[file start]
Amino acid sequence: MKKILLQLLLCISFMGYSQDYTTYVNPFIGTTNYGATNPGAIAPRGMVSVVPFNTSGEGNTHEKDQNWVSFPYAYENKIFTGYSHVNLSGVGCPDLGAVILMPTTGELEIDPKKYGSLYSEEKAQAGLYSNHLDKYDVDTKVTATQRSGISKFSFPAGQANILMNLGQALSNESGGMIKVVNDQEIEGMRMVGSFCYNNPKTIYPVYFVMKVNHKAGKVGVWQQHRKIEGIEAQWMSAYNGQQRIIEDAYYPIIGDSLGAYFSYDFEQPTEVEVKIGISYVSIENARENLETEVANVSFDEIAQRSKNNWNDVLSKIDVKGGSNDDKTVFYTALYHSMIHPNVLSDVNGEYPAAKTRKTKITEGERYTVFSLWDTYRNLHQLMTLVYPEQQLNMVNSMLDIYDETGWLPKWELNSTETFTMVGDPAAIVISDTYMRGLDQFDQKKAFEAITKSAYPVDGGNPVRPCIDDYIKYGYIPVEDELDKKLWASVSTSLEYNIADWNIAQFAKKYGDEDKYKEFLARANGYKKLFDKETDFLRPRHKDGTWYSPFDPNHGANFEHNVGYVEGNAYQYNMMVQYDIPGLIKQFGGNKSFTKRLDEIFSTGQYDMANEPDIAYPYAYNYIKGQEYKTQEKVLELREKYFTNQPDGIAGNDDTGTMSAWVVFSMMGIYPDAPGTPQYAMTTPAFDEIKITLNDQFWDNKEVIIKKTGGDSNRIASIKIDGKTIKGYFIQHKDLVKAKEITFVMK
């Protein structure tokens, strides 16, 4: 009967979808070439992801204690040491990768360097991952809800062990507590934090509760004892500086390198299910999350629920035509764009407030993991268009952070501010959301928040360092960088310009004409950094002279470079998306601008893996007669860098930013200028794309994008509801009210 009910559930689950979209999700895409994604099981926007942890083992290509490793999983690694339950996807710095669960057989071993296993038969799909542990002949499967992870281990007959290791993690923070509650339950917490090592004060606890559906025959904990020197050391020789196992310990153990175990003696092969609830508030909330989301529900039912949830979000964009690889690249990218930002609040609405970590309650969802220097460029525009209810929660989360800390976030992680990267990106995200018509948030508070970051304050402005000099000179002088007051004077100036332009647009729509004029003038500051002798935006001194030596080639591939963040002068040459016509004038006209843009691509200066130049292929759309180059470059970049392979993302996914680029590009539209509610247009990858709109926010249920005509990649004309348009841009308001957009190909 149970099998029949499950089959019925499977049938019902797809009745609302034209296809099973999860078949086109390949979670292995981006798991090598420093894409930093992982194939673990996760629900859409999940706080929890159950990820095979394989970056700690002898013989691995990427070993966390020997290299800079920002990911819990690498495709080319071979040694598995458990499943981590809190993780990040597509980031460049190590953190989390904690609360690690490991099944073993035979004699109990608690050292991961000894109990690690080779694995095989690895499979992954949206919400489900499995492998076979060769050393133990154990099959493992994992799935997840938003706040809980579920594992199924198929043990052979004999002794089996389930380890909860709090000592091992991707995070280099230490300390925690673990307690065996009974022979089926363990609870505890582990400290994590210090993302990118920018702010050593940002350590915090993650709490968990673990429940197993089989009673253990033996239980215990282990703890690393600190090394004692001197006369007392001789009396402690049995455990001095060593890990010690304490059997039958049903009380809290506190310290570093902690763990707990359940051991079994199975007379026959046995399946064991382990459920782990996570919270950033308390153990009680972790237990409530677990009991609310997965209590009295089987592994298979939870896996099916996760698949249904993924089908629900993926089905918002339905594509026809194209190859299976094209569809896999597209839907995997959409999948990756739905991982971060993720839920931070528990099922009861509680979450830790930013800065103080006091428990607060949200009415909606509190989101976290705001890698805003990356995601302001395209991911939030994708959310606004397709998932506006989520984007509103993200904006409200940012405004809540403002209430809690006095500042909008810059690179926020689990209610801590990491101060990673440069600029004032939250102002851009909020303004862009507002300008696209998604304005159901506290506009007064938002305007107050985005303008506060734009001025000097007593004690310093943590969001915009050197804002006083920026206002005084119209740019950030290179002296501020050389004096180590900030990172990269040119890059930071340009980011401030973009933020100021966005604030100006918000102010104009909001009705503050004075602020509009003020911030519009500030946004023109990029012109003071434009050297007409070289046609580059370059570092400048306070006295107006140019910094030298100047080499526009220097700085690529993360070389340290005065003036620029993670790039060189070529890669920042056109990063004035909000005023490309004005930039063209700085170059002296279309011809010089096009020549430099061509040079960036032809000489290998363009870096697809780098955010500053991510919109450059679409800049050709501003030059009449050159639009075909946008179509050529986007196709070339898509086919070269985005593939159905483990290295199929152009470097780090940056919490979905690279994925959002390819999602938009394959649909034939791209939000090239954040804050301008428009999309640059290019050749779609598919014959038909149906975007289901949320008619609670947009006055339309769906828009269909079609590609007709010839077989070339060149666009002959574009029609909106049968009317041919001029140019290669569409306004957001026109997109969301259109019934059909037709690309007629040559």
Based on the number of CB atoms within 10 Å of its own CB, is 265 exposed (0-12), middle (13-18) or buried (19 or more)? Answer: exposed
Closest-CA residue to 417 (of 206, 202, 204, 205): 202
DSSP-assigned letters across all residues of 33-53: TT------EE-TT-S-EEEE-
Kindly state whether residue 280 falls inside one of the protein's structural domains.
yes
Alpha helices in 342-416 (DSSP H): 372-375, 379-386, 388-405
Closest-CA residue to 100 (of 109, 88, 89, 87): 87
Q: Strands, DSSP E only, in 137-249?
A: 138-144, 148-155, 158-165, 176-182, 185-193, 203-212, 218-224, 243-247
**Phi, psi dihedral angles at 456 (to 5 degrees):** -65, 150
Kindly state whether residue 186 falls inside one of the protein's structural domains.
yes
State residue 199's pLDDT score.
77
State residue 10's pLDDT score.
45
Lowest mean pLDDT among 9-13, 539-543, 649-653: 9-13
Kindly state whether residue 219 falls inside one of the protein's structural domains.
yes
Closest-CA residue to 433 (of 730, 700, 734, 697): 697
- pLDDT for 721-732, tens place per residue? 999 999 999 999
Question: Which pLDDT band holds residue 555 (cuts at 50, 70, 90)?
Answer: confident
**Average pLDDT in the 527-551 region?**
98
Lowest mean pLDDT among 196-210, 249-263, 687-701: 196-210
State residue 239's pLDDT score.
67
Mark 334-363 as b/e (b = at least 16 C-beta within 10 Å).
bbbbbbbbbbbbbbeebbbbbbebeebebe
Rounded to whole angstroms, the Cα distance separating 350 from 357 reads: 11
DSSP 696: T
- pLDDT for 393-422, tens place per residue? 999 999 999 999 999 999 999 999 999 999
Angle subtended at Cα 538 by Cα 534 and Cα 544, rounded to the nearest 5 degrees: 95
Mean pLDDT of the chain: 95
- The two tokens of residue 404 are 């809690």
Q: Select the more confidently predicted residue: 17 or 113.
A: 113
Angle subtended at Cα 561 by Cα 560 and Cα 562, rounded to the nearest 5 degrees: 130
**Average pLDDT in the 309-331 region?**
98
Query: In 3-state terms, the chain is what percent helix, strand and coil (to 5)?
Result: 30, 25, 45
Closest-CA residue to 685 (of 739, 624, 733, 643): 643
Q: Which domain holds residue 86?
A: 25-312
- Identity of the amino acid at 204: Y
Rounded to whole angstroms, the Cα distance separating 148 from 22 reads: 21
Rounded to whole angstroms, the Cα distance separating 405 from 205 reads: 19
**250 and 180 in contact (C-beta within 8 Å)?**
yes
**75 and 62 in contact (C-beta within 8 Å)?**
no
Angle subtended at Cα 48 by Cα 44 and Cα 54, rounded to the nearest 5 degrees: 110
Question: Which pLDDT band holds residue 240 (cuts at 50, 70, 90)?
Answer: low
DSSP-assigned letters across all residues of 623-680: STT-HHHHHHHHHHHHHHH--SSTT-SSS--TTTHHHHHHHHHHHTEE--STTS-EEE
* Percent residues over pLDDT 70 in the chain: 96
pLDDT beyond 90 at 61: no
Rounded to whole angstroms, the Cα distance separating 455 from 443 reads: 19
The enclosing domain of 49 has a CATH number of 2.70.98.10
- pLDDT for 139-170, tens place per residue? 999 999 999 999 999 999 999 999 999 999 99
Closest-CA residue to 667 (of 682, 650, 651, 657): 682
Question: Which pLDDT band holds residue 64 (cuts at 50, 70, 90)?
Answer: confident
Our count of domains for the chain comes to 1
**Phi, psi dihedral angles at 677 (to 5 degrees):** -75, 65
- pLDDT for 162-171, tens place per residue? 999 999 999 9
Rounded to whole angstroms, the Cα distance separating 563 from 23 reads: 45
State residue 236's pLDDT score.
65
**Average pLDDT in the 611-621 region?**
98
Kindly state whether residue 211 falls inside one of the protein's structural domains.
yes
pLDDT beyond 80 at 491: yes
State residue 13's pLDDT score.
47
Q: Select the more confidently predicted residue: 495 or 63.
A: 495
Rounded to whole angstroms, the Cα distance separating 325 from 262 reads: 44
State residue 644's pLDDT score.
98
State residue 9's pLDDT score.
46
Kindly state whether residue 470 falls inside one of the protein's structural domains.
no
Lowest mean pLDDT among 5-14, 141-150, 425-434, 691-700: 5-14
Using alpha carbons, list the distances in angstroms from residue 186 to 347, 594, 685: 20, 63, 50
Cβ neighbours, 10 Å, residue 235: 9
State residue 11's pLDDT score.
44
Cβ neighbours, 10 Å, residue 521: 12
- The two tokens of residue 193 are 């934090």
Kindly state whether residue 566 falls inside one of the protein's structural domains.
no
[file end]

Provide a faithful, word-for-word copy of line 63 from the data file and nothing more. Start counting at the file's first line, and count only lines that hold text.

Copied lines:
The enclosing domain of 49 has a CATH number of 2.70.98.10